Blue Shells, White Paint, Black Bags

It feels like we've made progress on the paperwork front recently - K has her Australian passport, and our home-office is now fully legal, displaying the requisite business name licence upon the otherwise bare wall.
When we first looked at our house in Nimbin I can remember that two of the things we said to ourselves were "it's a little bit tired, but nothing that a coat of paint won't fix", and "ooh, look at those lovely exposed beams". During the phase of falling in love with a new place, mental maths about ease of renovation come quite a way down one's list; but, now that we have got to the point where I am perched on a stepladder, applying masking tape and then renewing paintwork 15 foot up with paint dripping into my eyes, the reality has struck home fairly hard - if a room is three metres by three metres, and only a plain dado rail separates the wall from the ceiling, then prior to painting the ceiling, you have to apply 12 metres of masking tape, and then you have 12 metres of edging which needs to be painted carefully. Our lounge-cum-kitchen has eight exposed beams, squiggly dado edging around the beams, and a main beam through the middle upon which all the others rest. It is approximately seven metres long and four and a half metres wide. Even ignoring the squiggles, this results in 87 metres of masking tape and careful edging required - several times as much work, in other words, as edging a plain ceiling.
Prevaricating about painting walls and ceiling has become significantly easier since we bought a second control of the MarioKart. I only have one complaint about the game, which is that C seems to beat me too often. For the occasional gamer such as I (as opposed to the hardcore gamer) the balance, playability, learning curve and fun factor are simply superb.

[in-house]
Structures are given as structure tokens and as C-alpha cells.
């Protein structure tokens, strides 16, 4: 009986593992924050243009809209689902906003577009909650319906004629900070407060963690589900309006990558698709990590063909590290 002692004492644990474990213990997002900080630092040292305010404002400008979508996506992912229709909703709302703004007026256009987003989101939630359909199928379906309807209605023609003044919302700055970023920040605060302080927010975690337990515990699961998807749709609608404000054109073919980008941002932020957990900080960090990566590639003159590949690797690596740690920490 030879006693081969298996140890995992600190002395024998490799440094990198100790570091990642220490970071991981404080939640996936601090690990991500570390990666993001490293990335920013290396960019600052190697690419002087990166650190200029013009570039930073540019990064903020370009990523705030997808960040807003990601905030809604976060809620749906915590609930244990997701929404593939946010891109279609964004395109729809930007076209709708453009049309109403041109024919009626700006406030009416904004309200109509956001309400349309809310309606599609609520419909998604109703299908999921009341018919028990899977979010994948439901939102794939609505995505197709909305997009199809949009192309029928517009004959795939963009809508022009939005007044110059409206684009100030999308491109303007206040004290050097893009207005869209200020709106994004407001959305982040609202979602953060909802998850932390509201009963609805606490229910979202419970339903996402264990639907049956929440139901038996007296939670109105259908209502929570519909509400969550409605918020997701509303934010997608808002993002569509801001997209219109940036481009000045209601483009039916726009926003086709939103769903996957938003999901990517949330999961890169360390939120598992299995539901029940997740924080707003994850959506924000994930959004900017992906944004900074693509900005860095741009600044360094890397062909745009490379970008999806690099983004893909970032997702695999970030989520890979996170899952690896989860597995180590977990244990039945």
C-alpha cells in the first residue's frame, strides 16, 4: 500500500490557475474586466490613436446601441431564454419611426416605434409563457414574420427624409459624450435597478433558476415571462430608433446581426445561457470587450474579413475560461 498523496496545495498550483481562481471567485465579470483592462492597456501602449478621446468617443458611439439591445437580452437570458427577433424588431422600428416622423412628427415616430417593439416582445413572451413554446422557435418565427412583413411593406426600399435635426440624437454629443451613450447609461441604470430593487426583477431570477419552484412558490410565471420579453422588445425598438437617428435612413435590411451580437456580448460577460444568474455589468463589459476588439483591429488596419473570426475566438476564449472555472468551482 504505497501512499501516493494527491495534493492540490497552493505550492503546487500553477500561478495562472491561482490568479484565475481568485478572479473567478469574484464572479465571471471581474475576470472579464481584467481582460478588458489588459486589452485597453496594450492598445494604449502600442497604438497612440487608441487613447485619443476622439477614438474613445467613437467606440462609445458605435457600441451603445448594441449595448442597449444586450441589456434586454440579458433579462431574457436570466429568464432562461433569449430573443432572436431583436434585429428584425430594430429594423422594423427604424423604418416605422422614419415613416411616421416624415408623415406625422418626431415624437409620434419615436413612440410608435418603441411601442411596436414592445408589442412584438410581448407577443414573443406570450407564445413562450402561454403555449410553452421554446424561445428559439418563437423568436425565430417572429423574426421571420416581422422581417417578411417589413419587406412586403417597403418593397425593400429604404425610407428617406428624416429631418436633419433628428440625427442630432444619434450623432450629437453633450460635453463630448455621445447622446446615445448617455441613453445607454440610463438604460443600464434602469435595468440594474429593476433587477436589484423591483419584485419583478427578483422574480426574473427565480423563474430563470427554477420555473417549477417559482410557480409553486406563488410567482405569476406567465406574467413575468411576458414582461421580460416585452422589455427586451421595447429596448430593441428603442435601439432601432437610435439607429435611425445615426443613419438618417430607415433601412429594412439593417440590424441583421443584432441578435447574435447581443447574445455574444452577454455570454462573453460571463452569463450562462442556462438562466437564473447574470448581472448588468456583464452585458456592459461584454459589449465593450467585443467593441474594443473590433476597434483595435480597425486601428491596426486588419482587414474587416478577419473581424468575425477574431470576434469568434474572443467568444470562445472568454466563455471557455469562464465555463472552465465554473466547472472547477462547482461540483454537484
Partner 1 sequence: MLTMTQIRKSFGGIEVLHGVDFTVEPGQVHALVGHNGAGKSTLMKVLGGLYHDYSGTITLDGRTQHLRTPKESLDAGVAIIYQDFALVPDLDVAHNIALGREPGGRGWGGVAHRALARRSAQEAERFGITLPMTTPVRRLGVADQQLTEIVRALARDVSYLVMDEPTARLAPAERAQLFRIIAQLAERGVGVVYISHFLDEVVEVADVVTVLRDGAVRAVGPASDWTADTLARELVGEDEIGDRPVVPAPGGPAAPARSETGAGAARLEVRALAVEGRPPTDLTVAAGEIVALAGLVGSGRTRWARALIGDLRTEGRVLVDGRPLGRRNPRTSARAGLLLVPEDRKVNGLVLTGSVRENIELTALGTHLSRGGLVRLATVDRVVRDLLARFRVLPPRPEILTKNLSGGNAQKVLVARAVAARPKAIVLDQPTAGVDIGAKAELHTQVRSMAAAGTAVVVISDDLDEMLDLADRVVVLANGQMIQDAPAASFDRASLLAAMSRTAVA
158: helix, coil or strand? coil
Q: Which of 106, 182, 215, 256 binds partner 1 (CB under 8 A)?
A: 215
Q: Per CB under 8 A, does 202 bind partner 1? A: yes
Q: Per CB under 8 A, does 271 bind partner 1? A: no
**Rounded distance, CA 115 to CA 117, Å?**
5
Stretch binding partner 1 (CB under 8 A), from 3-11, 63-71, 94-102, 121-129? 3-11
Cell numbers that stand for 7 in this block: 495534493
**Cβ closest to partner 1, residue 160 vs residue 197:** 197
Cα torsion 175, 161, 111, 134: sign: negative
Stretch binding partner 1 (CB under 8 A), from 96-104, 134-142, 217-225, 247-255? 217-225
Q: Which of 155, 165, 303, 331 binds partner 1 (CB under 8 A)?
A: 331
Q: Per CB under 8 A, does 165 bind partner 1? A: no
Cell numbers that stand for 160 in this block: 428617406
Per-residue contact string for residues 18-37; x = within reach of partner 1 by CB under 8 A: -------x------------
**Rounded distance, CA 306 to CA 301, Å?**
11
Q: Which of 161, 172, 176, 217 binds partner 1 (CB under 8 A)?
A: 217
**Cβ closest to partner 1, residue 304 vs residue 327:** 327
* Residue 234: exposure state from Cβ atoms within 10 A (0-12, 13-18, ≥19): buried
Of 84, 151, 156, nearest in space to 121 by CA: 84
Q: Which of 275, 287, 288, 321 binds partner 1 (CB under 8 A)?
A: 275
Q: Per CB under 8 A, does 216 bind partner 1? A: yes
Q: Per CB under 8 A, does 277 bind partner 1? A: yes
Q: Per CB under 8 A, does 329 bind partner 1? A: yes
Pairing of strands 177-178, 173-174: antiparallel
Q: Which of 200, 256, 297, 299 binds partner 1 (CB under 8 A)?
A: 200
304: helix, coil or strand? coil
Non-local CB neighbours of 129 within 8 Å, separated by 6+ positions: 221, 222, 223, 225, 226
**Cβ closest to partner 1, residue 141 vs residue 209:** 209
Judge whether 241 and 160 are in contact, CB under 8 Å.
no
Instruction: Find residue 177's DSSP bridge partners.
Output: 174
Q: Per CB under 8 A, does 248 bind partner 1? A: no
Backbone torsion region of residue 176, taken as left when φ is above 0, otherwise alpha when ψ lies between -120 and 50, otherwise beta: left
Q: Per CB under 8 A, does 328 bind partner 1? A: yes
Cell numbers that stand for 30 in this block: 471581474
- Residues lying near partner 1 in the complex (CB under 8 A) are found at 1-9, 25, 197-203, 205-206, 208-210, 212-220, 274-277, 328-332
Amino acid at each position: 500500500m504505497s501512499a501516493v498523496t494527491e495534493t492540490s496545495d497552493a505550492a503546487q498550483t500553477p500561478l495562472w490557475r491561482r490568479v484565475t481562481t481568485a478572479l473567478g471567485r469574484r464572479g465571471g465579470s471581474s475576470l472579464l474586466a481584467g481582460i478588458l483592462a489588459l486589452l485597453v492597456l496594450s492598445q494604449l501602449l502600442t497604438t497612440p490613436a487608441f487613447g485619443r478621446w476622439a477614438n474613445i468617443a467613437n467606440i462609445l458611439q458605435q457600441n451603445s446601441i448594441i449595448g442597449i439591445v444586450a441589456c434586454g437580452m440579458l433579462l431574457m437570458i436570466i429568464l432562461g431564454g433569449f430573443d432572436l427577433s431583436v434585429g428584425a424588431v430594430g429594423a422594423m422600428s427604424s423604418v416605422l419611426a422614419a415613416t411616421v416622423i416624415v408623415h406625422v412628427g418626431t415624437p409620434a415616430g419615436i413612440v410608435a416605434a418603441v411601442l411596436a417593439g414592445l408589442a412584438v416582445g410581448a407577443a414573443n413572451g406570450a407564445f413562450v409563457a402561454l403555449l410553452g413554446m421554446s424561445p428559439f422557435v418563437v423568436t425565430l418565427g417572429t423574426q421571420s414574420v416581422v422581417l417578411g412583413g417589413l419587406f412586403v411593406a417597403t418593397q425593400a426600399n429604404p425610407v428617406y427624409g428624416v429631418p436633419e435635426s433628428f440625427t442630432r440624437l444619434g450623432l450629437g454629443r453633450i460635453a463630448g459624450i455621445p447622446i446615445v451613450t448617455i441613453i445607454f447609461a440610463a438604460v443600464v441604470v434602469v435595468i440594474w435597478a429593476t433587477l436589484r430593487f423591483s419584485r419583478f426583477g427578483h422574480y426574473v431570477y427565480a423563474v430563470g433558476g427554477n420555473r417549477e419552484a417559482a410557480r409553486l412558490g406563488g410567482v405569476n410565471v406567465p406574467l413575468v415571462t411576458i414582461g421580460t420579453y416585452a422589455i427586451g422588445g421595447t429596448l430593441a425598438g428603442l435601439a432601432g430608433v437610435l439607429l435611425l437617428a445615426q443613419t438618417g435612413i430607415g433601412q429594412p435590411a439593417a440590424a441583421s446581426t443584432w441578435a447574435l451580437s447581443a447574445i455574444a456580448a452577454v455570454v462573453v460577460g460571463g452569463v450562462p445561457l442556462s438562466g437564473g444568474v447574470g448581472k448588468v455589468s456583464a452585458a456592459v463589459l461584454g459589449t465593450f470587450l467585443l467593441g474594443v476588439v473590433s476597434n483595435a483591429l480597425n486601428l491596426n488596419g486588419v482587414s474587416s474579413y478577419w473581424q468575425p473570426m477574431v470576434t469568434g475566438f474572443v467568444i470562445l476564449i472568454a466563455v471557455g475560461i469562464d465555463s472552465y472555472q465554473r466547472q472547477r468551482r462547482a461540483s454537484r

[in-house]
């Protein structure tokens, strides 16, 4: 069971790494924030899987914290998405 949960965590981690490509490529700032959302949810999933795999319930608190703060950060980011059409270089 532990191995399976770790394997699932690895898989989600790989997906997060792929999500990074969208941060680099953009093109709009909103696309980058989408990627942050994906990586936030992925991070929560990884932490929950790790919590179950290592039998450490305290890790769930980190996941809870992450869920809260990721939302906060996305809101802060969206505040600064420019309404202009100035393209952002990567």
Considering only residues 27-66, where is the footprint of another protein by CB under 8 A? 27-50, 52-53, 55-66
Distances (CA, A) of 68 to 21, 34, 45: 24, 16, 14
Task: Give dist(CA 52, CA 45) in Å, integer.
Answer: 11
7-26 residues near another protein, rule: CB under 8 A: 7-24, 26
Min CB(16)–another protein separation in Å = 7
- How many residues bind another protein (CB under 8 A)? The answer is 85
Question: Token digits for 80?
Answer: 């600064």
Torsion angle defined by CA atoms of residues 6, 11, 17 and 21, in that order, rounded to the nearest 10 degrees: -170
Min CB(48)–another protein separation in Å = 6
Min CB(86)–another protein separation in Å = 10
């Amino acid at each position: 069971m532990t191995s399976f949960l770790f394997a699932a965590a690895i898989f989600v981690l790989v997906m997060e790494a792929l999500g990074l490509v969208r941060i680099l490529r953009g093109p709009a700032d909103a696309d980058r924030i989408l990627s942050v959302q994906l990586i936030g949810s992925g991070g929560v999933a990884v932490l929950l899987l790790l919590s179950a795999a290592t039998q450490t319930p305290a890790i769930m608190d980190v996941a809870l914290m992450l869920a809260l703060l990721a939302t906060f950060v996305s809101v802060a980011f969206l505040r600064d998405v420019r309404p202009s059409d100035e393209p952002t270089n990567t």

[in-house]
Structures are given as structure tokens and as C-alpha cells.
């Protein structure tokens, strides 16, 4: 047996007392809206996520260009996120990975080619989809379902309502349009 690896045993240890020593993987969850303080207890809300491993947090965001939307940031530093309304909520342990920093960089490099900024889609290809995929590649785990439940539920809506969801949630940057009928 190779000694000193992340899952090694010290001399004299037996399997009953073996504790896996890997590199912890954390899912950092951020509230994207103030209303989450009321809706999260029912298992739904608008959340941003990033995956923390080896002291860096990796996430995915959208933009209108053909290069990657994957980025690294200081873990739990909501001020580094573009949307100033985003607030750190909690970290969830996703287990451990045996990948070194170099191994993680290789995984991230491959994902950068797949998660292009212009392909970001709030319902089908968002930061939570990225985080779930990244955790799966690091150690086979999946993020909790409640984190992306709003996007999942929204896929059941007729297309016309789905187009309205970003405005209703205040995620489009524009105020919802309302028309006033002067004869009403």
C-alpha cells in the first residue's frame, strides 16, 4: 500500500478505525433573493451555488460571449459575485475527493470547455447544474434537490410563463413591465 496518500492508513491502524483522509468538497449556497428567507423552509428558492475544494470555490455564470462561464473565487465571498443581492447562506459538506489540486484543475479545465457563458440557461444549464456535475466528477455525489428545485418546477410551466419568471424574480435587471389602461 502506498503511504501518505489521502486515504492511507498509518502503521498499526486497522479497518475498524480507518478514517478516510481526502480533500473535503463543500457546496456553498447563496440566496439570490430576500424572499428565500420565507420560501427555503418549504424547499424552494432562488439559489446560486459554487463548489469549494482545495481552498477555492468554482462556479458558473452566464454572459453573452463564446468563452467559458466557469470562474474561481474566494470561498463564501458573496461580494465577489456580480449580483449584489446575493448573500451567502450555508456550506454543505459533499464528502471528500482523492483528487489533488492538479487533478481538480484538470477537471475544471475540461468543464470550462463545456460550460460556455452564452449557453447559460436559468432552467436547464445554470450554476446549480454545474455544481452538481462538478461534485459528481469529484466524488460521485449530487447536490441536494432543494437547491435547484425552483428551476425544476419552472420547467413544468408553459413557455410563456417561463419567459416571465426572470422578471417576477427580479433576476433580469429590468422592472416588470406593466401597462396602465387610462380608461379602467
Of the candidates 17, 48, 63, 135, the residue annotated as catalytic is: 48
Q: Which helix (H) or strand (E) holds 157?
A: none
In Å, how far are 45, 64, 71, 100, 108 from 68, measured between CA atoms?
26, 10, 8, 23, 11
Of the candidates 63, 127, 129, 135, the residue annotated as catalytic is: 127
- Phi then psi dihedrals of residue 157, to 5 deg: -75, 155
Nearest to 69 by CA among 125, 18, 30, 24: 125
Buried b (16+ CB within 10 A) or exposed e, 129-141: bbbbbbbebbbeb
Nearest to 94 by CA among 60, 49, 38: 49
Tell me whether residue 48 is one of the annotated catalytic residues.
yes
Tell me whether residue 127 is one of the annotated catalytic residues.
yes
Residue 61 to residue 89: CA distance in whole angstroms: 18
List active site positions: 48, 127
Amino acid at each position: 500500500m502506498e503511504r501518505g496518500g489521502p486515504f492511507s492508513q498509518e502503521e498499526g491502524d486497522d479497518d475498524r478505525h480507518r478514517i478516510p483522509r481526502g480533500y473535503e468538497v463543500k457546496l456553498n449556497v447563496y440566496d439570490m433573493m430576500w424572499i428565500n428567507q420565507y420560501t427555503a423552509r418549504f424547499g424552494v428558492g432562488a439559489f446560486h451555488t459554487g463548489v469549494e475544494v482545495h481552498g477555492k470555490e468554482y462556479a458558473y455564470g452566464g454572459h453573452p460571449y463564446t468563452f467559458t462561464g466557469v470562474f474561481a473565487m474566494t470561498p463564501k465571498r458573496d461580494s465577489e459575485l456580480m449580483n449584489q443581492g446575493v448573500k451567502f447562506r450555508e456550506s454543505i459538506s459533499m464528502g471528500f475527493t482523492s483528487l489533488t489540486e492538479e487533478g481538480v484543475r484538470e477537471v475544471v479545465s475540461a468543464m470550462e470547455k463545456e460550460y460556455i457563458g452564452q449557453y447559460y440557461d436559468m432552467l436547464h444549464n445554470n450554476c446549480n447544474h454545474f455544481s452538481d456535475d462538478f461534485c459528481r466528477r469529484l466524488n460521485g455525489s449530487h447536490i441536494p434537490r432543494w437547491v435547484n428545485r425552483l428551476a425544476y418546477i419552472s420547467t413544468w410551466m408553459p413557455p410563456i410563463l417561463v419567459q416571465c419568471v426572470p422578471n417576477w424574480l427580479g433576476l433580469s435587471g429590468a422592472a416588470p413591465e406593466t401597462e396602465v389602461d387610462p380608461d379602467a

This week, we are taking a break both from MarioKart and the joys of house painting. We are housesitting once again for a South African who has temporarily returned to her native land to run an ultramarathon. Being in Brisbane next week will be very convenient, as we are flying to New Zealand to catch up with friends in Auckland, and this way we will be able to get the train from the city to the airport instead of facing a three hour drive. Driving up on Thursday though, we had a pleasant surprise - the Tugun bypass is finally complete, routing through traffic behind the Gold Coast airport, and cutting 15-30 minutes (and a lot of stress) from the Nimbin-Brisbane drive, depending on traffic.
Having won a design competition for the town's sports kits a few weeks ago, C has gone one better this week, and has scored a deal to swap some design skills for a weekend yoga retreat in Mullumbimby next month.
I have been tired and grouchy because the side project I took on last month has dragged on, eating into my evenings, and turning out not to have been financially worth the time and effort invested (by a long chalk in the end). If I count in the lessons learnt, it was probably a worthwhile venture - but, being honest, one of those lessons is "never do anything like this again".
In our moving from being full-time employees to forming a partnership for our freelance contract work, there have been many lessons both big and small - and one of the hardest to learn has been that not all chunks of time are equal, and that it is very important to remember that, if the chunks of time when one is alert and wake already spoken for, then any work that one takes on that will have to be done in the remaining parts of the day will have a disproportionate impact on one's energy levels. Yes. That's a roundabout way of apologising for being late with the blog.

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